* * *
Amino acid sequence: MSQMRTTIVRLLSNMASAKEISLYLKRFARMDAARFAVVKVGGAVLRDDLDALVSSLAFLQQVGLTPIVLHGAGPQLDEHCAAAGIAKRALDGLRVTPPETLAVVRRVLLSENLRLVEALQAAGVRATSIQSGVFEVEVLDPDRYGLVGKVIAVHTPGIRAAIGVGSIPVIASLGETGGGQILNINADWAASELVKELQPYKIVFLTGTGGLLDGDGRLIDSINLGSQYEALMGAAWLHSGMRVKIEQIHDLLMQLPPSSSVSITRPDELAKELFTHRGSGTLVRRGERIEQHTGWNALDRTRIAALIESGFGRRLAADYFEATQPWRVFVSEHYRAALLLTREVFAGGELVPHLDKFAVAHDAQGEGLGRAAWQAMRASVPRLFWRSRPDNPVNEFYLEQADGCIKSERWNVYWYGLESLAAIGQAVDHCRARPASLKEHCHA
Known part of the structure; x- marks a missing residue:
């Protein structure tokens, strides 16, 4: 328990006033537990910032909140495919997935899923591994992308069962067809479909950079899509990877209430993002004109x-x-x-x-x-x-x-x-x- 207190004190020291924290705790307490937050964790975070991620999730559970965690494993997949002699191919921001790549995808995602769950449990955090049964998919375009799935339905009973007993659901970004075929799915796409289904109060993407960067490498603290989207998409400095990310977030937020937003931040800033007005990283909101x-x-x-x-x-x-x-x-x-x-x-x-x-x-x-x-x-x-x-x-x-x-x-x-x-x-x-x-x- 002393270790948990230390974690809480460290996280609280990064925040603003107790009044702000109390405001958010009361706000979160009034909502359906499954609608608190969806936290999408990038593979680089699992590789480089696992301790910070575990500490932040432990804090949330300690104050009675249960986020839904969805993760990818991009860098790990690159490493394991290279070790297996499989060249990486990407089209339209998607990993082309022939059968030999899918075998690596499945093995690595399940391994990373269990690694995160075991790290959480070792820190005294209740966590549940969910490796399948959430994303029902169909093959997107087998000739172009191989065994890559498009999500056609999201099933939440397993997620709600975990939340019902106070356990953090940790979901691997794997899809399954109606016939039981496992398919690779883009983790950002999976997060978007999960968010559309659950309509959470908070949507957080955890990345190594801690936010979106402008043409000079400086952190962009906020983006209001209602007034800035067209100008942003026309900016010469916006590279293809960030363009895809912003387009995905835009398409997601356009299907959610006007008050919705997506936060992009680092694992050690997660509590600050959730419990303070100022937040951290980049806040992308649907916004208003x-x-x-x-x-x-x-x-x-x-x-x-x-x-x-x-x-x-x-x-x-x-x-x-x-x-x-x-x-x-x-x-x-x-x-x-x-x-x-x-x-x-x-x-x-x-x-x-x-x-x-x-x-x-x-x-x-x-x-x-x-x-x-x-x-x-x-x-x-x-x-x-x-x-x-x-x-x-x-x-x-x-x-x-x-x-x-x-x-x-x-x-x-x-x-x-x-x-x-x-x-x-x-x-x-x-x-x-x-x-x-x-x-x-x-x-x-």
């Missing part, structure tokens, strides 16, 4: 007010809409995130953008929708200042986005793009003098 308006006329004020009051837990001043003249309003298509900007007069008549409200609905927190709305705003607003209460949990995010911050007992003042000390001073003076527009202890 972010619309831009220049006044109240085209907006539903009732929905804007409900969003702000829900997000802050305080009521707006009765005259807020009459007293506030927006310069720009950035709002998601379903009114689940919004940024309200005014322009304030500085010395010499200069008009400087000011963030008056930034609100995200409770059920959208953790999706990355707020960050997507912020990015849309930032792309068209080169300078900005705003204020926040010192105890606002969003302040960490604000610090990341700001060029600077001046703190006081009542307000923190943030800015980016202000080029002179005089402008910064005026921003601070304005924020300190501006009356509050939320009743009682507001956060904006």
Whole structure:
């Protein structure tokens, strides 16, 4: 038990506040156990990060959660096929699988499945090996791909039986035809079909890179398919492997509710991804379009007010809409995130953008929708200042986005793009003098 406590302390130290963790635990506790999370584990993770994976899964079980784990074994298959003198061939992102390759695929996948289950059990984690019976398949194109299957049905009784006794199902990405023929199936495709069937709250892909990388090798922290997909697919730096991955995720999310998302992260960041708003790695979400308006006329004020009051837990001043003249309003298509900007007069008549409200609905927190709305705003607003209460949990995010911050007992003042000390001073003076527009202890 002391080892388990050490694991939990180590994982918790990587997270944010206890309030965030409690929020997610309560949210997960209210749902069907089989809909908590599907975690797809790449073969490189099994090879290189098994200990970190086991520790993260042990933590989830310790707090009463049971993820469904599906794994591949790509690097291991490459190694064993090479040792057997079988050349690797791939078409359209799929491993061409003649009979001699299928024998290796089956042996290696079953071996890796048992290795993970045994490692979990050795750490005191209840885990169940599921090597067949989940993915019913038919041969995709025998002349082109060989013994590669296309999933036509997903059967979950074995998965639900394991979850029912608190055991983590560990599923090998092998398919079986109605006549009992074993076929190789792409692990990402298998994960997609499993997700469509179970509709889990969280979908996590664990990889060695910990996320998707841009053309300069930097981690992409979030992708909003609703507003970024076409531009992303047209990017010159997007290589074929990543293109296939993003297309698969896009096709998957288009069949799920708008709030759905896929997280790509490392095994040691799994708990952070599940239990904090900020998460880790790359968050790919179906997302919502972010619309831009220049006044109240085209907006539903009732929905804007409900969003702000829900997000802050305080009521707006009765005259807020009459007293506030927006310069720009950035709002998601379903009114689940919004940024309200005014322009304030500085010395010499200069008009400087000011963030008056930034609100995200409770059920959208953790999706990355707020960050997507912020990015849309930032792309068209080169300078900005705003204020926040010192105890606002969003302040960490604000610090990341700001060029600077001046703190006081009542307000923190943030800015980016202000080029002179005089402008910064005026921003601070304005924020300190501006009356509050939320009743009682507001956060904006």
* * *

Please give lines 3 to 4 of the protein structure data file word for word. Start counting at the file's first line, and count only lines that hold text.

């Protein structure tokens, strides 16, 4: 328990006033537990910032909140495919997935899923591994992308069962067809479909950079899509990877209430993002004109x-x-x-x-x-x-x-x-x- 207190004190020291924290705790307490937050964790975070991620999730559970965690494993997949002699191919921001790549995808995602769950449990955090049964998919375009799935339905009973007993659901970004075929799915796409289904109060993407960067490498603290989207998409400095990310977030937020937003931040800033007005990283909101x-x-x-x-x-x-x-x-x-x-x-x-x-x-x-x-x-x-x-x-x-x-x-x-x-x-x-x-x- 002393270790948990230390974690809480460290996280609280990064925040603003107790009044702000109390405001958010009361706000979160009034909502359906499954609608608190969806936290999408990038593979680089699992590789480089696992301790910070575990500490932040432990804090949330300690104050009675249960986020839904969805993760990818991009860098790990690159490493394991290279070790297996499989060249990486990407089209339209998607990993082309022939059968030999899918075998690596499945093995690595399940391994990373269990690694995160075991790290959480070792820190005294209740966590549940969910490796399948959430994303029902169909093959997107087998000739172009191989065994890559498009999500056609999201099933939440397993997620709600975990939340019902106070356990953090940790979901691997794997899809399954109606016939039981496992398919690779883009983790950002999976997060978007999960968010559309659950309509959470908070949507957080955890990345190594801690936010979106402008043409000079400086952190962009906020983006209001209602007034800035067209100008942003026309900016010469916006590279293809960030363009895809912003387009995905835009398409997601356009299907959610006007008050919705997506936060992009680092694992050690997660509590600050959730419990303070100022937040951290980049806040992308649907916004208003x-x-x-x-x-x-x-x-x-x-x-x-x-x-x-x-x-x-x-x-x-x-x-x-x-x-x-x-x-x-x-x-x-x-x-x-x-x-x-x-x-x-x-x-x-x-x-x-x-x-x-x-x-x-x-x-x-x-x-x-x-x-x-x-x-x-x-x-x-x-x-x-x-x-x-x-x-x-x-x-x-x-x-x-x-x-x-x-x-x-x-x-x-x-x-x-x-x-x-x-x-x-x-x-x-x-x-x-x-x-x-x-x-x-x-x-x-």
């Missing part, structure tokens, strides 16, 4: 007010809409995130953008929708200042986005793009003098 308006006329004020009051837990001043003249309003298509900007007069008549409200609905927190709305705003607003209460949990995010911050007992003042000390001073003076527009202890 972010619309831009220049006044109240085209907006539903009732929905804007409900969003702000829900997000802050305080009521707006009765005259807020009459007293506030927006310069720009950035709002998601379903009114689940919004940024309200005014322009304030500085010395010499200069008009400087000011963030008056930034609100995200409770059920959208953790999706990355707020960050997507912020990015849309930032792309068209080169300078900005705003204020926040010192105890606002969003302040960490604000610090990341700001060029600077001046703190006081009542307000923190943030800015980016202000080029002179005089402008910064005026921003601070304005924020300190501006009356509050939320009743009682507001956060904006």